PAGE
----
Dickens had the teeming streets of Victorian-era London, Balzac had Paris during the Bourbon Restoration period, and Steve James has 21st century Chicago. A key part of the team behind the groundbreaking Hoop Dreams, this veteran documentarian has dabbled over the years in everything from biopics (Prefontaine) to bigger-picture looks at social ills (Abacus: Small Enough to Jail). It’s the City of Broad Shoulders, however, that’s provided him with a creative home base via Kartemquin Films and a subject rich enough to examine in depth. Every U.S. metropolis is a microcosm of the social bargaining, communal living, and uneasy class tension that defines so much of the American experiment as a whole. And the particular mix of people — and problems — in this Midwestern hub is fertile ground on everything from the necessity of social activism (The Interrupters) to the byzantine perks and pitfalls of the public school system (the 10-episode docuseries America to Me). Chicago is continually at the center of his best work. In many ways, it’s his muse. Even Life Itself, James’ 2014 profile of the late film critic Roger Ebert, doubles as a look at how the Second City breeds its best and brightest.
City So Real, a sprawling look at a pivotal moment in Chi-town’s modern political history that debuts tonight on NatGeo (all five of its hour-plus installments will drop on Hulu tomorrow), continues James’ drilling down into the various corners of a vibrant, diverse, and highly conflicted urban landscape. It’s tempting to call it his crowning achievement, though when you have Hoop Dreams on your resume, the competition for that accolade is stiff. Centered mostly around the 2018 mayoral election — in which the incumbent Rahm Emanuel announced he wouldn’t seek a third term, thus opening the race up — the series follows the general trajectory of a who-will-win campaign competition, complete with the backbiting, undercutting, trash-talking and horse-trading we now associate with winning public office. (“Politics in Chicago is a blood sport,” one advisor notes, and by the end of this series, you feel like that’s an extraordinary understatement.) There are family-dynasty candidates like William Daley, city-council insiders like Toni Preckwinkle and Lori Lightfoot, outlier choices like former police superintendent Garry McCarthy, wealthy entrepreneurs such as Willie Wilson, young progressives like Amara Enyia, and even younger progressives like Neal Sáles-Griffin, who barely squeaks his way onto the ballot.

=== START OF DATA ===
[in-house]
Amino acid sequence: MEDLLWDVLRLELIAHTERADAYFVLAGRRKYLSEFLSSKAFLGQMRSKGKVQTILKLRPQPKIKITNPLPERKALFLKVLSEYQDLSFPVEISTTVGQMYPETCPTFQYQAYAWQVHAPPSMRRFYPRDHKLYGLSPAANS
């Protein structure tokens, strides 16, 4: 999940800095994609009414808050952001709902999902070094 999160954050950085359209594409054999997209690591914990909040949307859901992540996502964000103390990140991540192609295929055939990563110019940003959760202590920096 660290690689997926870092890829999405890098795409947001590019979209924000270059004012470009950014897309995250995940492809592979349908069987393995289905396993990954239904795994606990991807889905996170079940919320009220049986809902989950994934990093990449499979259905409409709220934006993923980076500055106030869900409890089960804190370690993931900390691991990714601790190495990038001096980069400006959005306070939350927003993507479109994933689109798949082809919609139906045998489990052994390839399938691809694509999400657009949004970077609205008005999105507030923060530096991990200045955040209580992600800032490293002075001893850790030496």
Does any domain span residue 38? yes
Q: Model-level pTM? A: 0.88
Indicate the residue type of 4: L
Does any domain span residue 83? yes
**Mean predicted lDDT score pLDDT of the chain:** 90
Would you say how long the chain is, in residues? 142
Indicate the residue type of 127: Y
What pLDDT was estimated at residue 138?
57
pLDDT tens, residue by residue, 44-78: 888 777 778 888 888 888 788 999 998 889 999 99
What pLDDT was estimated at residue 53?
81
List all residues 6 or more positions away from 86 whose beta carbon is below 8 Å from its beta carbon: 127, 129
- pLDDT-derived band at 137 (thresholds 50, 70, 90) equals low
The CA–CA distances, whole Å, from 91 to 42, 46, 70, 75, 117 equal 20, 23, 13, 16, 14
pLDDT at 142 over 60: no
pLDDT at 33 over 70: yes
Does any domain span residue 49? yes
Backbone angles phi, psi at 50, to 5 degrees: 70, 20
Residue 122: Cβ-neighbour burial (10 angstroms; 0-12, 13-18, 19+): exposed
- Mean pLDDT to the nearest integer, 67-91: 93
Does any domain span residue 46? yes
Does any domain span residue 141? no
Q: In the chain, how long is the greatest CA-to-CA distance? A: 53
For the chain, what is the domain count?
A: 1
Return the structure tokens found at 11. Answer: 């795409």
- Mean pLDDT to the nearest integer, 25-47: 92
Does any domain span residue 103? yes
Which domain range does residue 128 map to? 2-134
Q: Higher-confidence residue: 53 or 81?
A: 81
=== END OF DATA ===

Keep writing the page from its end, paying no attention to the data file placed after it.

It’s easy enough — one Google search away, in fact — to find out who ends up the victor, though if you’ve been paying attention to President Trump’s constant attacks on Chicago’s leadership and crime stats over the past year, you probably already know. That’s not what City So Real is actually interested in, however. And though you get one hell of a look at how the sausage is made when it comes to the minutiae and machinations of Windy City bureaucracy, that’s merely one entree in this meal. There’s also the killing of Laquan McDonald, a 17-year-old teenager who was shot 16 times by CPD Officer Jason Van Dyke. The young man was black, the cop was white, and the “trust deficit” between the African-American community and law enforcement, as well as those who support the latter, is hitting a new low as Van Dyke’s trial ensues. And hovering in the background is the construction of Lincoln Yards, a massive and much-disliked development that will change not only the waterfront area but likely the residents around it. There’s a word for this type of thing, and it rhymes with “schmentrification.”